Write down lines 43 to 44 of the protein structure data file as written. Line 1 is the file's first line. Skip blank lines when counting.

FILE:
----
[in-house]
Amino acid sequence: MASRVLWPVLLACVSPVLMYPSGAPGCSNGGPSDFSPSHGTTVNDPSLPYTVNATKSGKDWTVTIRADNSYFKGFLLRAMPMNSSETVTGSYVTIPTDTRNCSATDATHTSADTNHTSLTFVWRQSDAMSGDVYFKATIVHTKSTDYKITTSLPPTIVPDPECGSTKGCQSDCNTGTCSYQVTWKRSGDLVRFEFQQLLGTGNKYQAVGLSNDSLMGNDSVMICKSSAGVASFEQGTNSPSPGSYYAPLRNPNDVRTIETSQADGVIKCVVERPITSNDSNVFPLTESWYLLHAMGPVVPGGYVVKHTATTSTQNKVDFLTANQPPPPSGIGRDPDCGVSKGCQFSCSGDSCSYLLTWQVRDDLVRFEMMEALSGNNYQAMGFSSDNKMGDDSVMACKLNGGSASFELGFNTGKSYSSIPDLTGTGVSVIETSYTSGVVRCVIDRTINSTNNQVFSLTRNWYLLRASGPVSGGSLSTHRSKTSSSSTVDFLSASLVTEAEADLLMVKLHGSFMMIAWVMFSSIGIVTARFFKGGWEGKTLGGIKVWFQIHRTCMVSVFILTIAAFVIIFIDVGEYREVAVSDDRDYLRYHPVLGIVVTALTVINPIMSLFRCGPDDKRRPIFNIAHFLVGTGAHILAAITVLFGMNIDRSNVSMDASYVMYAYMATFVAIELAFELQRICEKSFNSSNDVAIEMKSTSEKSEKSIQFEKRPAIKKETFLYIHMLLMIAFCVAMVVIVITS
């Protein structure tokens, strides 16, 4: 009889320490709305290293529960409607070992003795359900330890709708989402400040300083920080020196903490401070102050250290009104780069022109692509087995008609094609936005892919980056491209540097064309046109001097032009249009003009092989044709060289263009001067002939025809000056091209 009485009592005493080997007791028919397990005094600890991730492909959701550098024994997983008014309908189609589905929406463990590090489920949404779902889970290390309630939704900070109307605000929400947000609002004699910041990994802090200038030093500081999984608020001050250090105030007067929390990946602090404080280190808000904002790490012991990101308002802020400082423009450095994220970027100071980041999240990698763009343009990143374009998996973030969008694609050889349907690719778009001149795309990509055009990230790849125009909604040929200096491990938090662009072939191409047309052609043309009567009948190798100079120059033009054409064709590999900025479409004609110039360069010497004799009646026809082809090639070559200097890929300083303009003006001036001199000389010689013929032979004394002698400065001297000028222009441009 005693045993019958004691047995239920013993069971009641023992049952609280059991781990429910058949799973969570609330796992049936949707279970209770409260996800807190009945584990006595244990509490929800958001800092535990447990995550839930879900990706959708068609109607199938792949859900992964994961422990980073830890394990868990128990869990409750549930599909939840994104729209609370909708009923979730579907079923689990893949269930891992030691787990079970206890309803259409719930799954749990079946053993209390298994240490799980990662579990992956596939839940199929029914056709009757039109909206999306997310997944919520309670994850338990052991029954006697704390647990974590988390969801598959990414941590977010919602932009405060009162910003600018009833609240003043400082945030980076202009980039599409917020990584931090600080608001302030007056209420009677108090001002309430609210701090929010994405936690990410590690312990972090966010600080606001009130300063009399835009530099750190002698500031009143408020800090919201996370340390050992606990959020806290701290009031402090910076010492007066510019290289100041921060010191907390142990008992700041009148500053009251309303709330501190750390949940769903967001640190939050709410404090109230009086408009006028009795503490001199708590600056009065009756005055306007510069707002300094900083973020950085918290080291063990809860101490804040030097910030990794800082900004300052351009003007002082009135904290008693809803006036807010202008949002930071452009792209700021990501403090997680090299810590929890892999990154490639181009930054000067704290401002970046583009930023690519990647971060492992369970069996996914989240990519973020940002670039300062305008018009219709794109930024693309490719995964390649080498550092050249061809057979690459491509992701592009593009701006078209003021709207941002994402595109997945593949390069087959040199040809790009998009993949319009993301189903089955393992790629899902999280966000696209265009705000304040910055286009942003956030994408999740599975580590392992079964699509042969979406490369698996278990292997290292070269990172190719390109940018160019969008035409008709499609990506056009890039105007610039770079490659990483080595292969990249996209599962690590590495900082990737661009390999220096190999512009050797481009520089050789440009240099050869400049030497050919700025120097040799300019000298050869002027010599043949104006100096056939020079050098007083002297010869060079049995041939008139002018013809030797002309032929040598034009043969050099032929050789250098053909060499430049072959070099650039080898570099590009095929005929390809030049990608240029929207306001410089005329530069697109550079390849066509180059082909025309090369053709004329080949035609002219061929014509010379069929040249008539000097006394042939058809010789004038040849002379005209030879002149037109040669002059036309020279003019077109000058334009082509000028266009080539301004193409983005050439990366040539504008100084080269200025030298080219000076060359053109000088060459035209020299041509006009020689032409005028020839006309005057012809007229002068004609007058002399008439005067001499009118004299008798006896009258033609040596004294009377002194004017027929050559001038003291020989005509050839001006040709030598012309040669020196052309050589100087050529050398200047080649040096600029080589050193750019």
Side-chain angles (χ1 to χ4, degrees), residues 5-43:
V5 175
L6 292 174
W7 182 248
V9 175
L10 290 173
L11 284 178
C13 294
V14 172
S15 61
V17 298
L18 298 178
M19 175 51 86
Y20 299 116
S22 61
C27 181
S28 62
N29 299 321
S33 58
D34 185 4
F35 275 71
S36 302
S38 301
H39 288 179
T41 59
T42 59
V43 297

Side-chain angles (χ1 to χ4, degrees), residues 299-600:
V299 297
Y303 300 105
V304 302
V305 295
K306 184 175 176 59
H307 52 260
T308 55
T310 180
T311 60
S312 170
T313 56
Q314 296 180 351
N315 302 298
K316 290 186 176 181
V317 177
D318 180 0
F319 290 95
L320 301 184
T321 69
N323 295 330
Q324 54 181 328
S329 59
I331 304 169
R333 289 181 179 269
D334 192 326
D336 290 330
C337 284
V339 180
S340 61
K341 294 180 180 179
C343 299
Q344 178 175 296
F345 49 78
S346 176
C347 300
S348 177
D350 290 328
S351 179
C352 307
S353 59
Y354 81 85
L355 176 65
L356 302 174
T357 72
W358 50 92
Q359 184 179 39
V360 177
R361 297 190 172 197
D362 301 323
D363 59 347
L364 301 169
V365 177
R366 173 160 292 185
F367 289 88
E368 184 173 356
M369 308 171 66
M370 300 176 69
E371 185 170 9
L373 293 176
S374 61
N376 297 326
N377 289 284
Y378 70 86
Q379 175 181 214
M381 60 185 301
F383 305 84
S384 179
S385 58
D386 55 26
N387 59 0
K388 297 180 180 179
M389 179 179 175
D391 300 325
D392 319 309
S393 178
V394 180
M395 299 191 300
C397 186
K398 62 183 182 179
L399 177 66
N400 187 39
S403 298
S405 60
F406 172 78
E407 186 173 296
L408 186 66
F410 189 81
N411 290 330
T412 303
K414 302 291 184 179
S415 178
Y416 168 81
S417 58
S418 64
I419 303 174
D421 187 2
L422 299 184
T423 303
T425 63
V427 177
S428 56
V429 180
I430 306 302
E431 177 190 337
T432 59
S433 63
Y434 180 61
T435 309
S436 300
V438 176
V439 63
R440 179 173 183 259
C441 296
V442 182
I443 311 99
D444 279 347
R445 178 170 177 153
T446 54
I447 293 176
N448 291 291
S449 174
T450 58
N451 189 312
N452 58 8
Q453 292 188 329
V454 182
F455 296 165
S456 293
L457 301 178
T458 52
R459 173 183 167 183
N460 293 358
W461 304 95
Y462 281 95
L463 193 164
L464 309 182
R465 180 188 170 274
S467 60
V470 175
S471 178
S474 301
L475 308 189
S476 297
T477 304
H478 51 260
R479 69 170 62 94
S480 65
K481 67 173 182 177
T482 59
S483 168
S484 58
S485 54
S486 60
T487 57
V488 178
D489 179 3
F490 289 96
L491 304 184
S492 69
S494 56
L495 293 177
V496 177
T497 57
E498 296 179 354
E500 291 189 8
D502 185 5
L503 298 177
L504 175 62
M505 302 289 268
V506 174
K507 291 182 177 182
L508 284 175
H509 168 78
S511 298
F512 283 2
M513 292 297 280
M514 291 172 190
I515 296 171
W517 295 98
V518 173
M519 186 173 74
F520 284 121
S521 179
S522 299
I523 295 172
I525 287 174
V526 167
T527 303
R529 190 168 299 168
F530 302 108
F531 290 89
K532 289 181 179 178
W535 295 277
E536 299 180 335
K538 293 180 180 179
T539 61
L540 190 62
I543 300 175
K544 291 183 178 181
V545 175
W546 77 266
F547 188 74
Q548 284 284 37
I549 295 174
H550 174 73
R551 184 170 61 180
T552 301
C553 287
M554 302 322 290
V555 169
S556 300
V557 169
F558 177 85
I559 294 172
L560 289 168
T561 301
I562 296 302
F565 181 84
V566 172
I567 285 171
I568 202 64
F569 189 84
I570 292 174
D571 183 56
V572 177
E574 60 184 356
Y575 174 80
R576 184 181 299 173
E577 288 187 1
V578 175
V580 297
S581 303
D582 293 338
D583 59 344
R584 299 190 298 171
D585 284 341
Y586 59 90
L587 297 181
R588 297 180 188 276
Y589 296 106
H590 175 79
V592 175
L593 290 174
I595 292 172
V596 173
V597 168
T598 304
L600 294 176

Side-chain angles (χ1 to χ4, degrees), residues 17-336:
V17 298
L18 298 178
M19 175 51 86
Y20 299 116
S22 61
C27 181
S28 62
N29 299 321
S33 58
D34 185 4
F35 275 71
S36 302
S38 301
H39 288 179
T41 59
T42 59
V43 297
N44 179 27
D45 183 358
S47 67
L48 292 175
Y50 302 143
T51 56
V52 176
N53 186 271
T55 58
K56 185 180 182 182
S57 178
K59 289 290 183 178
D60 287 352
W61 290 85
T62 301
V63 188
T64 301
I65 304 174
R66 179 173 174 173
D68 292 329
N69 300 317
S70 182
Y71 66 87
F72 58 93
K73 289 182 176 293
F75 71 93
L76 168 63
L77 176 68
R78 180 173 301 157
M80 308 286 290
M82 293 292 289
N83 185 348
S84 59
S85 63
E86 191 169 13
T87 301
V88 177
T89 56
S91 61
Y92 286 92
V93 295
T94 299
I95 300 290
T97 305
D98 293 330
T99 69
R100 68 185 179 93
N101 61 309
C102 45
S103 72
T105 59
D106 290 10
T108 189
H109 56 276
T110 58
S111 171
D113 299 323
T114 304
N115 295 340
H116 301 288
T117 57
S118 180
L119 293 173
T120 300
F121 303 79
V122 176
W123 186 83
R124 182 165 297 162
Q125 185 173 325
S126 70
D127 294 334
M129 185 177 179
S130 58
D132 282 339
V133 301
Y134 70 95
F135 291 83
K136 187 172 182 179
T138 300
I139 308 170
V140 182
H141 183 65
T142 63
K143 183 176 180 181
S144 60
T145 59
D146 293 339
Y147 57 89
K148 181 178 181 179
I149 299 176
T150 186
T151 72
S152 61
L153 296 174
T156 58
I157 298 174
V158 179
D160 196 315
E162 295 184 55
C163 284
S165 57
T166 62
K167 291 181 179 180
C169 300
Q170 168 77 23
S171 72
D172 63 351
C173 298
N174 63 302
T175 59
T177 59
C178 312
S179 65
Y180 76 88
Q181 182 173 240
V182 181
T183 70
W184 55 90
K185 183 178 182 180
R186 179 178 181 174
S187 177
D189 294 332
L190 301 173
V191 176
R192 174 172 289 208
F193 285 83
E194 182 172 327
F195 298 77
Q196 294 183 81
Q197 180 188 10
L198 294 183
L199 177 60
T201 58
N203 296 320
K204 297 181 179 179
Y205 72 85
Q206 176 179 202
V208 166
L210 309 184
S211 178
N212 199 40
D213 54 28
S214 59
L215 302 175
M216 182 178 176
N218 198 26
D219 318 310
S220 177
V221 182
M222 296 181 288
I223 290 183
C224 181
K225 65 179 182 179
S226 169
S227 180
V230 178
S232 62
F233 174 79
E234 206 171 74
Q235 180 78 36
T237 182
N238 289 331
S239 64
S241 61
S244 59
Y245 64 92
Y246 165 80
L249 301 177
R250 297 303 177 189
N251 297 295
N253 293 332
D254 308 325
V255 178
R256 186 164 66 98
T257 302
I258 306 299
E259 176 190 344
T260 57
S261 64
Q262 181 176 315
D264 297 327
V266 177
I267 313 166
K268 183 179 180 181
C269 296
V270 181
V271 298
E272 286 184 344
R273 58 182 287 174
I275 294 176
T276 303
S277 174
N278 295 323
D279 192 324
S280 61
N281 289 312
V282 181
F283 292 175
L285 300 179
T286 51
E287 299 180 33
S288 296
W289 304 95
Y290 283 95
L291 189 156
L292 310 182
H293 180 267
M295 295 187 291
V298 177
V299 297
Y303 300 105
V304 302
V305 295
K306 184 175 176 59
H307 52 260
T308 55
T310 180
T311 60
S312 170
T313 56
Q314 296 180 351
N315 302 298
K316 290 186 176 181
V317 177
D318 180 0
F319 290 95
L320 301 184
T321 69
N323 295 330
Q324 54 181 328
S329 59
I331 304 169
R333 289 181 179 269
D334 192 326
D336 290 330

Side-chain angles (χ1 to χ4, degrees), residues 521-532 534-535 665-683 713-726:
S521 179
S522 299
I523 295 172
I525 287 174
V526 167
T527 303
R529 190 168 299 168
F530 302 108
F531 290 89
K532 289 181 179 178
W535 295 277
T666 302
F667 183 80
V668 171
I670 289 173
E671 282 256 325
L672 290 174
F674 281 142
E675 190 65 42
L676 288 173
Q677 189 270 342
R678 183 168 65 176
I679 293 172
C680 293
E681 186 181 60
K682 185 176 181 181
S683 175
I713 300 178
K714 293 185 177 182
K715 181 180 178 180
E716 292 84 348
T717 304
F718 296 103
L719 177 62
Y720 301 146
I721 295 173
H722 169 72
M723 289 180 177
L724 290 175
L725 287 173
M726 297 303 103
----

Q314 296 180 351
N315 302 298